“FBML” stands for Facebook Markup Language.
Some of us (ahem, hmmn, eye-roll here) have been meaning to master FBML but didn’t become fluent in the Facebook coding language. Now we don’t have to. Poor unwanted FBML, even its developer parents on Facebook are shunning it, as they state on the Facebook help page, “We are in the process of depreciating FBML.”
There’s now a new Esperanto in town. Basically, FBML will be replaced with iFrames starting in Q4 2010.
As 99.995% of us use Facebook or so it seems, and so many of us maintain business and/or fan pages there, it’s due time to learn about the changes going on. What better way to learn than following some of the bright guiding lights that are available through social media to illuminate our path?
Here are some recommendations for guides who can help:
Mari Smith: As you can read on her Facebook fan page, Mari is one of the world’s foremost experts on using Facebook as a marketing channel. She is the coauthor of Facebook Marketing: An Hour A Day. I recommend clicking “liking” her page there, and navigating around her wall for recent posts on Facebook changes, as well as checking out her Slideshare and video presentations she has there. She frequently has recorded interviews you can find online and some free webinars, and is an excellent, cheery and unparalleled guide to the Facebook universe and its many asteroid showers. Here’s a sample of one of Mari’s clear explanations about a Facebook factoid:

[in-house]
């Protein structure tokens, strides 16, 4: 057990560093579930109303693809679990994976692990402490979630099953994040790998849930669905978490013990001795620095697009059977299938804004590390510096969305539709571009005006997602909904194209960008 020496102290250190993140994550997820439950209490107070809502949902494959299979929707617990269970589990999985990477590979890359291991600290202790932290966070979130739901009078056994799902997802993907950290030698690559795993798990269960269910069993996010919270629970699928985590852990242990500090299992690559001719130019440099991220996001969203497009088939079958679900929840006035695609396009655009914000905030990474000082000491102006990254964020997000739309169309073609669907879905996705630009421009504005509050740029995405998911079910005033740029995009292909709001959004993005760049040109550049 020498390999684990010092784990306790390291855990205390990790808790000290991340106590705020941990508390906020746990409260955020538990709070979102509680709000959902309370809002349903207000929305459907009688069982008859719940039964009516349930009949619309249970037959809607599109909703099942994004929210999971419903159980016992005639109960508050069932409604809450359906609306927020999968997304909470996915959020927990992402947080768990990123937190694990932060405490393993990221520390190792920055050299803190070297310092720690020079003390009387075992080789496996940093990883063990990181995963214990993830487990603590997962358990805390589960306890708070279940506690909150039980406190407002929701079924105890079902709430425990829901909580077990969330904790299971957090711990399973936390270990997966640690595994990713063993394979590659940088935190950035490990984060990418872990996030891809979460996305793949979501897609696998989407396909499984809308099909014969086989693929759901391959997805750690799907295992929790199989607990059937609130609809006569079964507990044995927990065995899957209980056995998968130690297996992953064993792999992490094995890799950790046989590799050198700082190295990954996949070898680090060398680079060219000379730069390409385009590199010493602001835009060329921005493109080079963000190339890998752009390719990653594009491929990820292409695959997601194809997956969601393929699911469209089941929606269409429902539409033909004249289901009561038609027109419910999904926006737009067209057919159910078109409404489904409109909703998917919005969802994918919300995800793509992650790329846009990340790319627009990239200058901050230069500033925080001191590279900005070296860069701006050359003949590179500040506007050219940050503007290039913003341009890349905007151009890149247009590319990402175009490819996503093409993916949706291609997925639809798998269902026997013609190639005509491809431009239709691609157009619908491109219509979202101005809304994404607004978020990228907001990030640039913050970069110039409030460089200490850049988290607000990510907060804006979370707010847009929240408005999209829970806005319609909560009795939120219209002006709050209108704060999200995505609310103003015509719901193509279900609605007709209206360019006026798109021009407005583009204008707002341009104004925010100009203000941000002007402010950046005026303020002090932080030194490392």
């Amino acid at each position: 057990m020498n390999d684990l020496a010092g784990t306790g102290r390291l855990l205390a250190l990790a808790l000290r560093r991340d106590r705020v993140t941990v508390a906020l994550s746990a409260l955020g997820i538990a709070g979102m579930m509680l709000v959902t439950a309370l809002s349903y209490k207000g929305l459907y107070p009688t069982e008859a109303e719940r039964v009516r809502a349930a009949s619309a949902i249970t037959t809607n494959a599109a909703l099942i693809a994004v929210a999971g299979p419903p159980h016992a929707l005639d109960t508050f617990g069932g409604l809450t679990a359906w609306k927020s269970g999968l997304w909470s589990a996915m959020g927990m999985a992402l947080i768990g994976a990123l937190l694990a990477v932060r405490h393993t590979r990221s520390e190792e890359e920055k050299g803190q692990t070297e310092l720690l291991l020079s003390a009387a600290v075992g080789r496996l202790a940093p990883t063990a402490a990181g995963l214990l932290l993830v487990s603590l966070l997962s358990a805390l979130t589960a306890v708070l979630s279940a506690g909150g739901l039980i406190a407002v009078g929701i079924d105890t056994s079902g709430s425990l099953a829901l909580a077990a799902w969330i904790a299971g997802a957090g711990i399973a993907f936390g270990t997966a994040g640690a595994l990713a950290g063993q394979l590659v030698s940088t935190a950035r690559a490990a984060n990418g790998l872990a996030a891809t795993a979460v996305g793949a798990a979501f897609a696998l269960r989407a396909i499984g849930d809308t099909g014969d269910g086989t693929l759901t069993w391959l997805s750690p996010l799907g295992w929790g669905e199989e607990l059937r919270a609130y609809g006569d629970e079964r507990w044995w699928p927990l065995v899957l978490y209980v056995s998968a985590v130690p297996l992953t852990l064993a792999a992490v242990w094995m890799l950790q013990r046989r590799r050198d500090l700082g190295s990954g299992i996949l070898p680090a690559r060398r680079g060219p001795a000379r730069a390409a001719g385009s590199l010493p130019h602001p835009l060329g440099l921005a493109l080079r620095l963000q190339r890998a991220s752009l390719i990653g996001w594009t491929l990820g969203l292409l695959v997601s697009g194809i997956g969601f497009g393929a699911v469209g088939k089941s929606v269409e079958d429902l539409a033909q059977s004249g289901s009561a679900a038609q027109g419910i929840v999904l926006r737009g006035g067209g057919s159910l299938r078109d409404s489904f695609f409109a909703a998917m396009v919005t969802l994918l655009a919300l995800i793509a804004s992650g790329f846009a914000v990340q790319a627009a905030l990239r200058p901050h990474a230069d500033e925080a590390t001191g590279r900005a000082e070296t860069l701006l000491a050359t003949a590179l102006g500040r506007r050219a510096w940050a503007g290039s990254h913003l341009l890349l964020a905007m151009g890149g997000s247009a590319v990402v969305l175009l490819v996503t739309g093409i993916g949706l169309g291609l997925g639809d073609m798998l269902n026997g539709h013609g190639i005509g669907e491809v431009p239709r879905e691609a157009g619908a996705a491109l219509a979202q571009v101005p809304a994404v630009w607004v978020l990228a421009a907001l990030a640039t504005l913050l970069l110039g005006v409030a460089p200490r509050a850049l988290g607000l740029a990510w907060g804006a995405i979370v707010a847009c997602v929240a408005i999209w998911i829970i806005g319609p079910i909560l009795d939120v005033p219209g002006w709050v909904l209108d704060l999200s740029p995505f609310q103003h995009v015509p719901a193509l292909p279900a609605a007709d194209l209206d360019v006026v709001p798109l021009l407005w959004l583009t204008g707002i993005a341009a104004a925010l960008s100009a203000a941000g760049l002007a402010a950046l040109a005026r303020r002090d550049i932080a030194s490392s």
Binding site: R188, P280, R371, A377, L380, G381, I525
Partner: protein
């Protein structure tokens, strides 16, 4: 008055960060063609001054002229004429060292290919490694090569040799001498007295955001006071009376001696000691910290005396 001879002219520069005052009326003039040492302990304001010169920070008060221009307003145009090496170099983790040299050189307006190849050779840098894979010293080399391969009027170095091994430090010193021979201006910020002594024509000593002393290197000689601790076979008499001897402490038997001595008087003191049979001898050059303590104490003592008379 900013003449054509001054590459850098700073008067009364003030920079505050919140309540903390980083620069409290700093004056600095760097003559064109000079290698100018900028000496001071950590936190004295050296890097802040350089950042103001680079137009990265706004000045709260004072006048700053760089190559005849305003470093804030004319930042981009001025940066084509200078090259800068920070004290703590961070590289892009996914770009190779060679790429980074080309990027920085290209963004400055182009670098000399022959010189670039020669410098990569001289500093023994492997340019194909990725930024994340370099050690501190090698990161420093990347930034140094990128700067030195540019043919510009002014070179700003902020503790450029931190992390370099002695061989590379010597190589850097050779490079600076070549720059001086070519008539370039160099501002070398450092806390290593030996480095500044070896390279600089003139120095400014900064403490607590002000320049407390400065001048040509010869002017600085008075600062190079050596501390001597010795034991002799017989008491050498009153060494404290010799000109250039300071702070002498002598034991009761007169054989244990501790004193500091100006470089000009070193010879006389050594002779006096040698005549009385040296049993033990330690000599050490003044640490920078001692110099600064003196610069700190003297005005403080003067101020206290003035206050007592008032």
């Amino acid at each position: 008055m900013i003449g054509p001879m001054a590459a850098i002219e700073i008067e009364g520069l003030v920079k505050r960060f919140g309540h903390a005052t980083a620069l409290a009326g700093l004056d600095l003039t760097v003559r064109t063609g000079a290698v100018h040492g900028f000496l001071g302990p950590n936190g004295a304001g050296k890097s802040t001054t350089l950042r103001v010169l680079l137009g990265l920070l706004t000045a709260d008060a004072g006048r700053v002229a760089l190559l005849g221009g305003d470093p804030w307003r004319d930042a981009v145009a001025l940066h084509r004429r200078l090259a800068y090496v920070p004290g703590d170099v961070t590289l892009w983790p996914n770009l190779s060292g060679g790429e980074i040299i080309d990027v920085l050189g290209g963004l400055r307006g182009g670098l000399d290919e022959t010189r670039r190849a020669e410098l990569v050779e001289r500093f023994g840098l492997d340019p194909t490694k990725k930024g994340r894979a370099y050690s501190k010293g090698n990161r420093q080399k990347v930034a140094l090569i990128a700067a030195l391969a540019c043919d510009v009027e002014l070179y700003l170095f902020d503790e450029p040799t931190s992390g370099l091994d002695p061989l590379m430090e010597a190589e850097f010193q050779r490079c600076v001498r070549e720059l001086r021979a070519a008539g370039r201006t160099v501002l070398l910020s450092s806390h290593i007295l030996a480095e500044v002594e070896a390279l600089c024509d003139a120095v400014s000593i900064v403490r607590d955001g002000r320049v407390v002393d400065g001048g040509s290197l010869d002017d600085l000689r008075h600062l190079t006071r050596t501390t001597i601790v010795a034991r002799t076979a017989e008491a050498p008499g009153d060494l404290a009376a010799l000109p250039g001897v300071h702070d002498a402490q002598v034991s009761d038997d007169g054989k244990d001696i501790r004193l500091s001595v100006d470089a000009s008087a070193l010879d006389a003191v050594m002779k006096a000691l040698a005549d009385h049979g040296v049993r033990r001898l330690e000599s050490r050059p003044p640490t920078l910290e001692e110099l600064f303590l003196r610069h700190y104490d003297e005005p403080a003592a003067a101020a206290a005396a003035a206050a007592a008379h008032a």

In her ever socially responsive way, Mari also points users to other good online resources, like Jonathan Richman, at Dose of Digital who shares Facebook stuff in his clearly laid out and digestible post Facebook Pages Just Got Easier for Brands.
Jonathan’s page, in turn, via a trackback leads us to more illumination on the topic: 10 Best Tips for Using New Facebook Pages | Creative Content Coaching
Ready for one more really worthwhile writer on the topic? Don’t miss John Haydon, who spells out Everything You Need To Know About Facebook’s Epic Upgrade To Pages and serves up other fab posts on how to understand, make, do, and play with Facebook.
Finally, you could, of course you could go to the source, Facebook itself, and visit the Facebook Developer Blog and read the entry Introducing iframe Tabs for Pages but sometimes it’s more fun to learn from our friends. I think once you compare the style, voice, and personalities of these personable and palatable posts you will prefer the social learning style.
Your own resources are welcome to the discussion!
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